OK, I've looked over The Venus Project a little.  I still like it.  Yes, I am very much skeptical wrt the ability of computers to "solve" our problems, which is one of their assumptions.  But I like their ideas wrt  making a better zeitgeist.  But I think one of their problems, like many New Age'ers, is that they tend to downplay the ultimate Marxian conflict between people and the power of Capital.  Somehow technology will make this easy.  No, sorry, it won't.  It will be harder than hard.

But I don't take futurist projects to be futile either.  Like science fiction, they are full of good ideas, good ideas that that are worth thinking about right now.  Just not worth believing in as a historical inevitability.

Here are my comments to a blog:

The Venus Project concept looks like it has good ideas in it, and I intend to watch the movie.  But it also sounds to me like it makes the classic New Age mistake.  It promises a future free of conflict (in contrast to where we are now, almost the reverse).  But to get to such a future would obviously require an enormous conflict, the conflict to unseat the power of Capital as described by Marx and others, the need for which is denied or elided by the New Age'ers.  Instead, they promise that something (something usually like technology, or mental change) will make this virtually impossible to conceive Ultimate Conflict unnecessary.

That's a critical point, and I don't believe it.  Technology will not kill selfishness or unseat the power of Capital.

It will take another human social force, and not merely lack-of-selfishness.  That other force is the force of solidarity.  The people I respect more design societies around human ideas of solidarity and fairness.  Those people like Robin Hahnel and Michael Albert have proposed an economic system called Participatory Economics, which proposes that people have input to a decision making process based on how much it affects them.  And another core idea is that social dividends (salary, credits, etc, I still think we need something like that) be distributed on the basis of effort.  That fits the non-capitalist left notion of fairness.  I'm not sure if enough people can accept that.  But it would be far easier for most to accept that than accept free-for-all (especially amidst the rising levels of scarecity of water, etc., everywhere).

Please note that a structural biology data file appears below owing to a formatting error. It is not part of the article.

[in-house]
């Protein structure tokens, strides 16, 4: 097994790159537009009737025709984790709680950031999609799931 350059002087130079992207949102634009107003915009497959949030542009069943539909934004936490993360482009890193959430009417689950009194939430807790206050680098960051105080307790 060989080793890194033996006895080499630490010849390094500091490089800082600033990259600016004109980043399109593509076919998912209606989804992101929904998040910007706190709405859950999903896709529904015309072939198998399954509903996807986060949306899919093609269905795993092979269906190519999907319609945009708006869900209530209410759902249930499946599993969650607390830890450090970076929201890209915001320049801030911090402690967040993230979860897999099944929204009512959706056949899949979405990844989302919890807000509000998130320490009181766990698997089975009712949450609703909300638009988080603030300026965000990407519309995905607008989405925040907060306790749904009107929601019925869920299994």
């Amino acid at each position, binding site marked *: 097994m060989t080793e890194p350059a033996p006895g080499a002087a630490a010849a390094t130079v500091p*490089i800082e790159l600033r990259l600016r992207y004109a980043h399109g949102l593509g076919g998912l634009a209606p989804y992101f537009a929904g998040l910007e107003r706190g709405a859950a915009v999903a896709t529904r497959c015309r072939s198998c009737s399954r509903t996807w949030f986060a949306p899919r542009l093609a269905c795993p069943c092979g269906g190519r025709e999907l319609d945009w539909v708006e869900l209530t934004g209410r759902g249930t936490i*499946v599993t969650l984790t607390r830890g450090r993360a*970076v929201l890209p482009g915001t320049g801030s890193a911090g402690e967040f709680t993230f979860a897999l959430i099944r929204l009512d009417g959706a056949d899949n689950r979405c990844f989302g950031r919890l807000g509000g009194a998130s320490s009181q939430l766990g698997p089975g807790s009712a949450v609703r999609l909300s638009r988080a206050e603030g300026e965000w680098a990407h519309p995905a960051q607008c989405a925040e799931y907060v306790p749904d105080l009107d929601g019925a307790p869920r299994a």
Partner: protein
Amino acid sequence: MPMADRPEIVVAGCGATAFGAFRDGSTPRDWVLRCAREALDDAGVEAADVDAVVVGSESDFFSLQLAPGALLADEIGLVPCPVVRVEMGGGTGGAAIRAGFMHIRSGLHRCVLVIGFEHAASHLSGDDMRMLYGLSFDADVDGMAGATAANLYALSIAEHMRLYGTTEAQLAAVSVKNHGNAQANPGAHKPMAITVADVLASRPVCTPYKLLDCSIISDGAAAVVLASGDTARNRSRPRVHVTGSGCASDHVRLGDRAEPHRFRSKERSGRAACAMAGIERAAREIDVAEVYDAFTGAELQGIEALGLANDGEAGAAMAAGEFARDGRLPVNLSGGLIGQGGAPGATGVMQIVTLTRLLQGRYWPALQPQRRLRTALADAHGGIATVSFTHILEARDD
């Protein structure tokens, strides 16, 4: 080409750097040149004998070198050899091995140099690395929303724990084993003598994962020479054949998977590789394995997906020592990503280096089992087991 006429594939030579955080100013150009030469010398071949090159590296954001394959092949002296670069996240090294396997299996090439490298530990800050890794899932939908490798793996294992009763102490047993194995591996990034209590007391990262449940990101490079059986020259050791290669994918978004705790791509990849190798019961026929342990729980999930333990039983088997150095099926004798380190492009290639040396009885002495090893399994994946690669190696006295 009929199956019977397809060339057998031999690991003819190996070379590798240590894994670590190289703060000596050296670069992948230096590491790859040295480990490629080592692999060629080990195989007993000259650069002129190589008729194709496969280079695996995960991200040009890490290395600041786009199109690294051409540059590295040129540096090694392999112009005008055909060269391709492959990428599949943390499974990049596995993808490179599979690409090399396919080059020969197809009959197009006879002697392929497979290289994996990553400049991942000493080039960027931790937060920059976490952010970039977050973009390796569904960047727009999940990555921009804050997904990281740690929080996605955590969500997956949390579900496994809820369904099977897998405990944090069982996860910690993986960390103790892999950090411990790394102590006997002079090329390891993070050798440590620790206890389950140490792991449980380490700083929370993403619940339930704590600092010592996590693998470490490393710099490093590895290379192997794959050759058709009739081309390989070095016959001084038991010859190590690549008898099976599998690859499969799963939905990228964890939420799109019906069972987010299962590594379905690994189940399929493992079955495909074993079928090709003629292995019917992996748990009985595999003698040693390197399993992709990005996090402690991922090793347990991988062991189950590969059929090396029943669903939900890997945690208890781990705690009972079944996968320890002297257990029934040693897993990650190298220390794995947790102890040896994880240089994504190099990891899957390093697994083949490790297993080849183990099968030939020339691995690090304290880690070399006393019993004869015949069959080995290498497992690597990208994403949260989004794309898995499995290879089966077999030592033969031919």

Marx had the word for groups like The Venus Project: Utopian Socialist.  Problem is, I agree it's true that he was one of them also, for he had a vision ultimately based on cornucopian view of material possibility.

Of course, most of the current new age'ers won't identify with old-age words such as socialism or communism.  That would no doubt offend many of their donors (can't build a free society that way, sorry).

But what they propose is actually far more unrealistic than old-world socialism or communism.

I take the opposite tack.  I do not denounce Marx.  I call myself a socialist and a leftist.  I am not afraid of the word communism either.  This is because, as Howard Zinn advised, we have to choose sides, and I have chosen the side of the majority of people, and against those who now have most of the power and "wealth" (a more unquestioned form of power), regardless of whether that makes some people think they must be my enemy.

If people don't choose sides, they aren't really serious.  They're just playing a tune for your money.

Finally, there really is a kind of socialism that is still making life far better for most than it might be, in this world today.  That is Social Democracy.  Even as official dogma denounces it, it can't really be erased, only further corrupted.  This is where the battle lines are now, and if you live in the real world, you should be there too, fighting to hold on to what we already won.